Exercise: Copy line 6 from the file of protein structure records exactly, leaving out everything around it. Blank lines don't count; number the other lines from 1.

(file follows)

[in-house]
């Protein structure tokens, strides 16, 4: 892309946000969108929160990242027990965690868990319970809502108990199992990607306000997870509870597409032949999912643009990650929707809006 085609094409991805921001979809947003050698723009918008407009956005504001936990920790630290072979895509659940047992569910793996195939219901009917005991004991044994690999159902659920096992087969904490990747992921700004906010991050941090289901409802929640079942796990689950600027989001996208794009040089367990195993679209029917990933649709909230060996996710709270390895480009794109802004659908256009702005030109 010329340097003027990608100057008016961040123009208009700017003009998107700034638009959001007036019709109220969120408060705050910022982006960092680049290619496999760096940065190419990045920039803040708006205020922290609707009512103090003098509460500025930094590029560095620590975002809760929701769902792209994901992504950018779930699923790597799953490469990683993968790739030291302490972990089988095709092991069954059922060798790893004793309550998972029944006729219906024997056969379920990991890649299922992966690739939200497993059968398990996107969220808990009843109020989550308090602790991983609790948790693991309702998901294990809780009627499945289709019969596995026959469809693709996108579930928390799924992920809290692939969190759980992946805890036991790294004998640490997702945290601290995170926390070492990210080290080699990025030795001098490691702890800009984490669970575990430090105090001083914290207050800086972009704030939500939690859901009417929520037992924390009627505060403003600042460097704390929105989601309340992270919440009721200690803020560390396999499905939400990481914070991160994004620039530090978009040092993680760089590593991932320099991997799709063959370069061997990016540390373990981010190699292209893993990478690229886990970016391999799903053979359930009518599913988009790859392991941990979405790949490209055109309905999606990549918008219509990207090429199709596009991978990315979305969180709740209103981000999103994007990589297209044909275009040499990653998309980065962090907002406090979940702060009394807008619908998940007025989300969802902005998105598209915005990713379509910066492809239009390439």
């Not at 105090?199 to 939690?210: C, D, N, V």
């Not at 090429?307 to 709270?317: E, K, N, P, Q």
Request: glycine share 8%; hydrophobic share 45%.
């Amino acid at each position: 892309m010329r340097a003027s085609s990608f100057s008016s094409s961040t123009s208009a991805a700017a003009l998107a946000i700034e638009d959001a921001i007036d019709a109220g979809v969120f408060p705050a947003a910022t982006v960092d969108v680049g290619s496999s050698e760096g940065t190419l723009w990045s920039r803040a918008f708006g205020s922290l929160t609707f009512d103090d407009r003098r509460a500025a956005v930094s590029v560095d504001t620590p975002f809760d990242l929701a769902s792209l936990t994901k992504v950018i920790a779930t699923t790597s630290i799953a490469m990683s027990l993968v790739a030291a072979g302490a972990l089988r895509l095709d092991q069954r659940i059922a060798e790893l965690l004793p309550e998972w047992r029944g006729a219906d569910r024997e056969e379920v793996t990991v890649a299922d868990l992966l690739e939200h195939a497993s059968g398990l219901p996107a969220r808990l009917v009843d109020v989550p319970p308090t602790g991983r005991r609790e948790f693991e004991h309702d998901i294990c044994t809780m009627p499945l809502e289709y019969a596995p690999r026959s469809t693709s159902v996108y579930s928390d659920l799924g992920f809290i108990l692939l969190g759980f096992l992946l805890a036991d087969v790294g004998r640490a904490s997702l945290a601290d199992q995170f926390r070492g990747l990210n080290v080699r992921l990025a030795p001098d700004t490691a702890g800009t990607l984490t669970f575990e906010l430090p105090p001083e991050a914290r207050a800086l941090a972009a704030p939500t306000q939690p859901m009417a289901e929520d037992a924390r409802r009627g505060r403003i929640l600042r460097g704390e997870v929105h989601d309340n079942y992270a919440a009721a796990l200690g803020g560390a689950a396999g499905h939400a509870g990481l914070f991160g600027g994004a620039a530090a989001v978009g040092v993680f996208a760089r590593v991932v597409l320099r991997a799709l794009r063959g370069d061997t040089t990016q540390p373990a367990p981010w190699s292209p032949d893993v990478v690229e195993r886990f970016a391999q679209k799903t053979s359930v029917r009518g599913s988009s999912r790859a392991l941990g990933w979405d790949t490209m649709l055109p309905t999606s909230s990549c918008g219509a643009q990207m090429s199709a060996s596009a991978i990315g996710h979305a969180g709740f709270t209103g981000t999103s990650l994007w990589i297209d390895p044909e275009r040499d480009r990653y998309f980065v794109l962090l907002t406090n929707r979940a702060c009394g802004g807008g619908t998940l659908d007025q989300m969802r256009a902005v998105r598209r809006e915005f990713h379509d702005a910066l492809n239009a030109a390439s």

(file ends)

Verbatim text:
């Amino acid at each position: 892309m010329r340097a003027s085609s990608f100057s008016s094409s961040t123009s208009a991805a700017a003009l998107a946000i700034e638009d959001a921001i007036d019709a109220g979809v969120f408060p705050a947003a910022t982006v960092d969108v680049g290619s496999s050698e760096g940065t190419l723009w990045s920039r803040a918008f708006g205020s922290l929160t609707f009512d103090d407009r003098r509460a500025a956005v930094s590029v560095d504001t620590p975002f809760d990242l929701a769902s792209l936990t994901k992504v950018i920790a779930t699923t790597s630290i799953a490469m990683s027990l993968v790739a030291a072979g302490a972990l089988r895509l095709d092991q069954r659940i059922a060798e790893l965690l004793p309550e998972w047992r029944g006729a219906d569910r024997e056969e379920v793996t990991v890649a299922d868990l992966l690739e939200h195939a497993s059968g398990l219901p996107a969220r808990l009917v009843d109020v989550p319970p308090t602790g991983r005991r609790e948790f693991e004991h309702d998901i294990c044994t809780m009627p499945l809502e289709y019969a596995p690999r026959s469809t693709s159902v996108y579930s928390d659920l799924g992920f809290i108990l692939l969190g759980f096992l992946l805890a036991d087969v790294g004998r640490a904490s997702l945290a601290d199992q995170f926390r070492g990747l990210n080290v080699r992921l990025a030795p001098d700004t490691a702890g800009t990607l984490t669970f575990e906010l430090p105090p001083e991050a914290r207050a800086l941090a972009a704030p939500t306000q939690p859901m009417a289901e929520d037992a924390r409802r009627g505060r403003i929640l600042r460097g704390e997870v929105h989601d309340n079942y992270a919440a009721a796990l200690g803020g560390a689950a396999g499905h939400a509870g990481l914070f991160g600027g994004a620039a530090a989001v978009g040092v993680f996208a760089r590593v991932v597409l320099r991997a799709l794009r063959g370069d061997t040089t990016q540390p373990a367990p981010w190699s292209p032949d893993v990478v690229e195993r886990f970016a391999q679209k799903t053979s359930v029917r009518g599913s988009s999912r790859a392991l941990g990933w979405d790949t490209m649709l055109p309905t999606s909230s990549c918008g219509a643009q990207m090429s199709a060996s596009a991978i990315g996710h979305a969180g709740f709270t209103g981000t999103s990650l994007w990589i297209d390895p044909e275009r040499d480009r990653y998309f980065v794109l962090l907002t406090n929707r979940a702060c009394g802004g807008g619908t998940l659908d007025q989300m969802r256009a902005v998105r598209r809006e915005f990713h379509d702005a910066l492809n239009a030109a390439s």